As part of its determined efforts to touch the lives of Nigerians positively, the President Muhammadu Buhari-led administration has now started the payment of N5,000 monthly stipends to the poorest and the most vulnerable in the country through the Conditional Cash Transfer (CCT) of its Social Investment Programmes, (SIP), the presidency has divulged.
A statement by the senior special assistant media to the vice president, Laolu Akande, noted that under the CCT, one million Nigerians would receive N5,000 monthly payments as a form of social safety net for the poorest and most vulnerable as budgeted for in 2016.
He said in the first batch that commenced last week, nine states would be covered, and many of the beneficiaries had already reported receiving their first payments by Friday last week, December 30, 2016.
According to him, funds for the commencement of the payments in four states were released last week to the Nigeria Inter-Bank Settlement System (NIBSS), the platform that hosts and validates payments for all government social intervention programmes, adding that funds for the next set of five states to complete the first batch of nine states would follow soon.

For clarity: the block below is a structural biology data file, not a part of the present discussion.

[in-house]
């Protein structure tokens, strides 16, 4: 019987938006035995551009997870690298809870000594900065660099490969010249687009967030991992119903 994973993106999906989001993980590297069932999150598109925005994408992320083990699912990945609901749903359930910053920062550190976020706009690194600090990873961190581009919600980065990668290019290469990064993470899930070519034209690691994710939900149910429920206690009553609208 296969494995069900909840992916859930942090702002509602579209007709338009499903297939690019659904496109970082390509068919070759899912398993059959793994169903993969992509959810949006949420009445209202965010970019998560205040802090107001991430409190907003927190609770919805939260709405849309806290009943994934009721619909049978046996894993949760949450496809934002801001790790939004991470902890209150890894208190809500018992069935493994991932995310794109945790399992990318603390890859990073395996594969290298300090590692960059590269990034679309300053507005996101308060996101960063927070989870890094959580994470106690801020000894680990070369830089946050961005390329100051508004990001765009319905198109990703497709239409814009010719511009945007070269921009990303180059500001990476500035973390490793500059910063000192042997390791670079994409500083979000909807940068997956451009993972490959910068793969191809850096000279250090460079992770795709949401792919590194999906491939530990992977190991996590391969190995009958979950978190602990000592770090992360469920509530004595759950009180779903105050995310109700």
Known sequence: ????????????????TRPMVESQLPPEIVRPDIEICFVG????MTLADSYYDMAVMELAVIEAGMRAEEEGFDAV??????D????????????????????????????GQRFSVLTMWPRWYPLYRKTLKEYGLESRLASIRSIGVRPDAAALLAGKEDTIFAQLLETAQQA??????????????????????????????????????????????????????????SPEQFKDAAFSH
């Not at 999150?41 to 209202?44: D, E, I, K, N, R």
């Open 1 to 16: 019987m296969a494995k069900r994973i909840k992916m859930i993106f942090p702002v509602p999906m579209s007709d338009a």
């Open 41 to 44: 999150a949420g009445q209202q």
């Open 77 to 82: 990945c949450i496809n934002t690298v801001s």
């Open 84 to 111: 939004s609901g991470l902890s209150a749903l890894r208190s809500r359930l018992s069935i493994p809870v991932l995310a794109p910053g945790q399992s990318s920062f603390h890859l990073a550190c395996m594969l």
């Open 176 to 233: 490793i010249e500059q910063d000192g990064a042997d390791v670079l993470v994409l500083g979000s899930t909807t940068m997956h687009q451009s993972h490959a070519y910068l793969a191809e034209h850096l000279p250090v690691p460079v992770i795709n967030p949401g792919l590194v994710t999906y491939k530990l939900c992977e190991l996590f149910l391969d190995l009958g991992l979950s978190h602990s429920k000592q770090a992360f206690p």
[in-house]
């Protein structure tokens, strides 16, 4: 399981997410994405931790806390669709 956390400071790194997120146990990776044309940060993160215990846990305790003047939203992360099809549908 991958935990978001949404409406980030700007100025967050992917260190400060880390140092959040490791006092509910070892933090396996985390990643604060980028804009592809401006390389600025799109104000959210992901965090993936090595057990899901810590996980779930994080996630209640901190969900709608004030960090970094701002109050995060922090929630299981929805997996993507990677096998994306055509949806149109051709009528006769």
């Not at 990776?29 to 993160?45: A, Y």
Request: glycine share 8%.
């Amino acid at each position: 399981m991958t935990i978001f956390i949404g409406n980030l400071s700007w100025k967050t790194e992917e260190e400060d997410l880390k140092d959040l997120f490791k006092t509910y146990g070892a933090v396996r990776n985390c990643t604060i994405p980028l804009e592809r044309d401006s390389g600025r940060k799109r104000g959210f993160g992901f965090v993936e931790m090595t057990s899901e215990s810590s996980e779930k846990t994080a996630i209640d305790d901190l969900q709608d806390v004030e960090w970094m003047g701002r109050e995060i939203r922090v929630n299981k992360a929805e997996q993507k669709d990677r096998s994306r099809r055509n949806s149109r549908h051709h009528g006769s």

He said: “Though the sequence for the payment of the money would be operationally managed by NIBSS, beneficiaries in Borno, Kwara and Bauchi States have started receiving the money. The other states in the first batch to commence the CCT payments are Cross Rivers, Niger, Kogi, Oyo, Ogun & Ekiti States.
“The nine pilot states were chosen because they have an existing Social Register that successfully identified the most vulnerable and poorest Nigerians through a tried and tested community based targeting (CBT) method working with the World Bank. However other states have already begun developing their Social Registers and would be included in subsequent phases of the CCT implementation.”
He added that beneficiaries of the Conditional Cash Transfer would be mined from the Social Register, initially developed by 8 States through a direct engagement with the World Bank adding that those